William Wilberforce will forever be remembered for being the principal force for the abolition of slavery. He proposed bill after bill in Parliament and spent his life to put a stop to “the most execrable and inhuman traffic that ever disgraced the Christian world.”[15] After nearly 50 years of promoting measures that would one day lead to the emancipation of slaves, the goal was accomplished in Great Britain the week before he died, July 29, 1833.

According to his biographer, William Hague, who was recently foreign secretary of the United Kingdom, Wilberforce’s great fear was “that religion and morality would go out of the window with political and social stability as indeed happened in France.” Highly educated himself and a champion of education, “Wilberforce continued to believe that the real revolution that was required was in morals and education.” Accordingly, Wilberforce never supported “reform that was antithetical to religion.”[16]

Wilberforce “stands out as a beacon of light, which the passing of two centuries has scarcely dimmed.”[17]

These two examples of Sloane and Wilberforce represent the kind of moral options that both David Brooks and Lord Sacks discussed. They are also at the heart of my challenge this evening. The pursuit of light and truth has never been easy. It was not meant to be easy. The quest for both faith and knowledge must be an eternal commitment. We must be at the forefront of both promulgating and defending light and truth.

I am profoundly aware of the contributions that have been made here in Silicon Valley. The technology developed here has blessed the entire world. Software applications have created new business models that have displaced centuries old business models in a relatively short period of time. Unfortunately, some have assumed that the moral code can be displaced in the same way. There is not an app that will replace basic morality.

I am proud of Stanford’s history. I believe the Stanfords, particularly Jane, would be very pleased that Stanford Law School is at the forefront of defending religious liberty. The Stanford Religious Liberty Clinic, headed by Professor James A. Sonne, is helping to train and instill in the minds of young lawyers the importance of protecting those who feel accountable to God because of its overwhelming significance to the well-being of society.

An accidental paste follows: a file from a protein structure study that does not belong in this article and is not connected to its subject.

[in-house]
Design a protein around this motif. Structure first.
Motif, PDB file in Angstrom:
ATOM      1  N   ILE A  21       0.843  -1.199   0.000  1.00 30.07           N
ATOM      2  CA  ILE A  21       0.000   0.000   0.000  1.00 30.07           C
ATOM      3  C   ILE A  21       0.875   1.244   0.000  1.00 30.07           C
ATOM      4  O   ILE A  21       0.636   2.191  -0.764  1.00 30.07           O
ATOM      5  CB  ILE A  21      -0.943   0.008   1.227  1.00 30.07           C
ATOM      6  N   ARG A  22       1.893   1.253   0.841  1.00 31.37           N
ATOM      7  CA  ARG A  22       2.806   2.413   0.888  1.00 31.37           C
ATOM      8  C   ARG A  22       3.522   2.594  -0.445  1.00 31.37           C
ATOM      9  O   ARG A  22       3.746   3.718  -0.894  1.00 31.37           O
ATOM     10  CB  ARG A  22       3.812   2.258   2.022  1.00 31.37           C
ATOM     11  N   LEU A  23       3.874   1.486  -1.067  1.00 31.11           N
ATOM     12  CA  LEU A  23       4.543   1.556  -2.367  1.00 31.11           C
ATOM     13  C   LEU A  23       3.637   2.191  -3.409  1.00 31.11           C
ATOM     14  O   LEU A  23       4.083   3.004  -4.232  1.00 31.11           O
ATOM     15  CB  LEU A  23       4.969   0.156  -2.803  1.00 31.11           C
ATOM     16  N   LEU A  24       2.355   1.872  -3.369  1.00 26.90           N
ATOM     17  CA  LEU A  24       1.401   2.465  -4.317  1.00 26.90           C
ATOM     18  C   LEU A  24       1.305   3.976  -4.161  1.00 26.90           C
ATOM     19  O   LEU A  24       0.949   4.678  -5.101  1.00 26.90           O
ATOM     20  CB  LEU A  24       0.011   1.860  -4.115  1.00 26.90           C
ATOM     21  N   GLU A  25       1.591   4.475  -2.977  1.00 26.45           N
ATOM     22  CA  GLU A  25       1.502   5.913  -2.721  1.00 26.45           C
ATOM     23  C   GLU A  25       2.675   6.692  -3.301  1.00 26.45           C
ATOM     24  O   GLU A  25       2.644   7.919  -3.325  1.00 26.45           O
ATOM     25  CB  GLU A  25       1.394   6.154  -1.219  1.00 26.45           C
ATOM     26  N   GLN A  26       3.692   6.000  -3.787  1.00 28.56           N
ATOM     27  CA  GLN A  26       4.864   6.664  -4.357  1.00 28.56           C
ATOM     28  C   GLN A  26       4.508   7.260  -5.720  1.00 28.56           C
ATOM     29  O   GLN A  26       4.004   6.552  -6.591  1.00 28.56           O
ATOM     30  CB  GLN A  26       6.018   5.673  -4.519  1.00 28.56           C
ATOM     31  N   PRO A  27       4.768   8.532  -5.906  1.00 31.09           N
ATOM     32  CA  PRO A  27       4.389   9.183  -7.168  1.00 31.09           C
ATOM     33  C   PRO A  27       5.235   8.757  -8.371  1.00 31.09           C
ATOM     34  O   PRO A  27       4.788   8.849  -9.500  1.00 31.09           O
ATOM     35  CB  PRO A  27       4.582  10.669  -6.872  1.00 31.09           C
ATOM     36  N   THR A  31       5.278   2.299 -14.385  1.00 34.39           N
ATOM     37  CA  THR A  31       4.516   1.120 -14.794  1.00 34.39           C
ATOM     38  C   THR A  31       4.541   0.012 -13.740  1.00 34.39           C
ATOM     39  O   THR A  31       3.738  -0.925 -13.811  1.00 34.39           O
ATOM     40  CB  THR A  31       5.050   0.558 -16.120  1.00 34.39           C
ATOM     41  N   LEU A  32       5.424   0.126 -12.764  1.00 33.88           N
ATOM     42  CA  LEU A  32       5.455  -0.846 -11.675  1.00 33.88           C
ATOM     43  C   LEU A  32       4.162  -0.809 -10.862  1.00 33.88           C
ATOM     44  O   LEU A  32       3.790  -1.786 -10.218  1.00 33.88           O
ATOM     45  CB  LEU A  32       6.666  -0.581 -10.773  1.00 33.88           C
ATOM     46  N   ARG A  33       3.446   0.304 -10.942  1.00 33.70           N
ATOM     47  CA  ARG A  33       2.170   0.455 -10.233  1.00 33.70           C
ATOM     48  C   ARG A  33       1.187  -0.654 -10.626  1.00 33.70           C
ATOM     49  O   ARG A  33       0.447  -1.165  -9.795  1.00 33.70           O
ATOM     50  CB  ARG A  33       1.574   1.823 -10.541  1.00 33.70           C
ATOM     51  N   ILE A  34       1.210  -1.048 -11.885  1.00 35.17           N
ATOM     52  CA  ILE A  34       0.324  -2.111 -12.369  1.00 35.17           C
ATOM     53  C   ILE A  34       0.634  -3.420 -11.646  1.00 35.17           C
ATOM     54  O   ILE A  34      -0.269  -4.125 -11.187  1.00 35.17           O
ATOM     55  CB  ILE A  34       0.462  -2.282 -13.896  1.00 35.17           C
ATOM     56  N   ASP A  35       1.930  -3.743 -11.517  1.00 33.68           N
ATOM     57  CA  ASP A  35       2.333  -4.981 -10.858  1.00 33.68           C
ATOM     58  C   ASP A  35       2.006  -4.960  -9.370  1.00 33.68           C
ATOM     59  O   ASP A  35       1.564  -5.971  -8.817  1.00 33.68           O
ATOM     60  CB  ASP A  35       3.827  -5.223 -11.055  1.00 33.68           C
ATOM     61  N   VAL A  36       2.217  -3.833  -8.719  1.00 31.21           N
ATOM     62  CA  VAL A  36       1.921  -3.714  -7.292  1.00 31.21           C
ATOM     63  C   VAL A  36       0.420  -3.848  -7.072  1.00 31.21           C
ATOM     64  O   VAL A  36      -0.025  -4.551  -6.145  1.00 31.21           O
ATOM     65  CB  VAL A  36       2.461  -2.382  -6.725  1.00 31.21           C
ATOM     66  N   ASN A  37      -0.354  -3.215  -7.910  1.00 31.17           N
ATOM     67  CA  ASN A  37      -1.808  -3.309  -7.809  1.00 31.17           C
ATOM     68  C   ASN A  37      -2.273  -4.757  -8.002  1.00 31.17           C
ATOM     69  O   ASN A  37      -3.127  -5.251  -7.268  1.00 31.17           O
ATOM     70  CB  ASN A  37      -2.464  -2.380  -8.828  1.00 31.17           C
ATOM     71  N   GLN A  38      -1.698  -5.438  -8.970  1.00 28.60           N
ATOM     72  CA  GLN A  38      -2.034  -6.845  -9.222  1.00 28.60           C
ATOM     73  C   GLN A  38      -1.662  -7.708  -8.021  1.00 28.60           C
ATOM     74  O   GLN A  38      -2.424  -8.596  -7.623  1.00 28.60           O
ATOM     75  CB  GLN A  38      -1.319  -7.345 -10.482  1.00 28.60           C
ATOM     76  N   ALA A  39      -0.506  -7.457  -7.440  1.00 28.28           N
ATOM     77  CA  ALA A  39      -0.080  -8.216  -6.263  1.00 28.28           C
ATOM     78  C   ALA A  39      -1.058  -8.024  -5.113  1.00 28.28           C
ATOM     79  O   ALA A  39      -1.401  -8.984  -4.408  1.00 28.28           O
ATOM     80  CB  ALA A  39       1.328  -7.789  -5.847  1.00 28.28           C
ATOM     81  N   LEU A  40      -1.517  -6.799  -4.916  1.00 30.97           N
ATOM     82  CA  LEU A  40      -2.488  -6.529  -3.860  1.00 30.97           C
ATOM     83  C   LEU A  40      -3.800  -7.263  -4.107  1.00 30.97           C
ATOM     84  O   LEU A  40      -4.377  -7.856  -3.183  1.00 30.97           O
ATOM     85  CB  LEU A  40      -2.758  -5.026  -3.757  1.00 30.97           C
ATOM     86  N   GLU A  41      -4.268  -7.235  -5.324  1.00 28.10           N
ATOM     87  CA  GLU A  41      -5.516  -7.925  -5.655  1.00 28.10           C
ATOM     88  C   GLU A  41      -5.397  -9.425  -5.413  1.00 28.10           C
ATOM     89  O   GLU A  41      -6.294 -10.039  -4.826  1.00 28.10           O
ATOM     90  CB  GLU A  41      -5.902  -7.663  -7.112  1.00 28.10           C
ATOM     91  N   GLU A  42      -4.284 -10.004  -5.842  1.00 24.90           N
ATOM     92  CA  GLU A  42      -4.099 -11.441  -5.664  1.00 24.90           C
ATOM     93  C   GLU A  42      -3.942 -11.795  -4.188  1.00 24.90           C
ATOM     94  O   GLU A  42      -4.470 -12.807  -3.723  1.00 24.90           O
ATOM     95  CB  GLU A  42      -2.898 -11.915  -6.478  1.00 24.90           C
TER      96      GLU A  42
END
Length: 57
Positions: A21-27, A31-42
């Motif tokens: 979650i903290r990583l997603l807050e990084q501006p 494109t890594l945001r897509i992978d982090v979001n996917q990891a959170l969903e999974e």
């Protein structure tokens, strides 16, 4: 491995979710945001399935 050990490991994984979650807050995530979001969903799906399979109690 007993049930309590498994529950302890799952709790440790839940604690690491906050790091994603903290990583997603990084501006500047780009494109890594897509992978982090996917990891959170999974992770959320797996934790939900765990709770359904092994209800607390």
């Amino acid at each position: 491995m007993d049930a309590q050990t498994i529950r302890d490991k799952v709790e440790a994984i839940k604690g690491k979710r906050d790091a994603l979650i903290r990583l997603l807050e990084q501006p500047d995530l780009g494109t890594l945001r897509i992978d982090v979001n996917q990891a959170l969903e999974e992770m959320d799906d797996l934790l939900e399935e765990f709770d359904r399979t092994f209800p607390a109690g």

I am pleased that Bill Mumma, a devout Catholic and president and chairman of the Beckett Fund, is with us here this evening. Under his guidance the Beckett Fund is a major defender of religious freedom.

As members of The Church of Jesus Christ of Latter-day Saints we must be advocates for religious freedom and defend its rightful place in the public square. Faith and moral values must not be separated from knowledge. The intersection of faith and knowledge is where both wisdom and mercy reside and where great gifts from heaven are most often bestowed.

It is my profound hope and prayer that this marvelous congregation can be a voice and a moral compass for both light and truth. I testify to you that it is essential for faith and moral values to be at the center of our quest for knowledge.

Thank you.


[1] Merlin Olsen was a Hall of Fame football player, actor, and NFL commentator for NBC. He won the Outland Trophy while playing football for Utah State University. He played pro football for the Los Angeles Rams. On television he played Jonathan Garvey opposite Michael Landon on Little House on the Prairie and had his own television program, Father Murphy. Merlin is now deceased (March 11, 2010), and we miss him very much.

[2] Lance B. Wickman, “With All Thy Getting, Get Understanding,” Stanford University LDS Convocation, October 9, 2014.

[3] Jonathan Sacks, “Swords into Plowshares,” Wall Street Journal Review, Oct. 3–4, 2015, C2.

[4] Paula Marantz Cohen, “The Humanities Need a Course Correction,” The Wall Street Journal, Oct. 10–11, 2015, A11 (English professor and dean at Drexel University).

[5] David Brooks, “The Big University,” The New York Times, Oct. 6, 2015, A27

[6] He was very concerned about a number of issues that have proven to be true over the years, such as the tremendous increase in the out-of-wedlock births.

[7] Wednesday, August 25, 1976, Daily News, Bowling Green, Kentucky.

[8] See Philippians 4:8; Articles of Faith 1:13.

[9] Donald Kagan, New York Times Book Review, Nov. 27, 2011, 27.

[10] Carl Cederstrom, “The Dangers of Happiness,” New York Times, July 19, 2015, 8.

[11] See “British Museum-Sir Hans Sloane,” See also “Sloane, Sir Hans (1660-1735): his life and legacy,” www.ncbi.nlm, See also “Sloane, Hans,” The foundation collection of the Natural History part of the entire British Museum came because of the great desire for knowledge from this incredible man Hans Sloane.

[12] William Hague, William Wilberforce, The Life of the Great Anti-Slave Trade Campaigner (2007), 92–93.

[13] Ibid, p. 204.

[14] Ibid, p. 92.

[15] Ibid, p. 354–55.

[16] Ibid, p. 445–46

[17] Ibid, p. 515.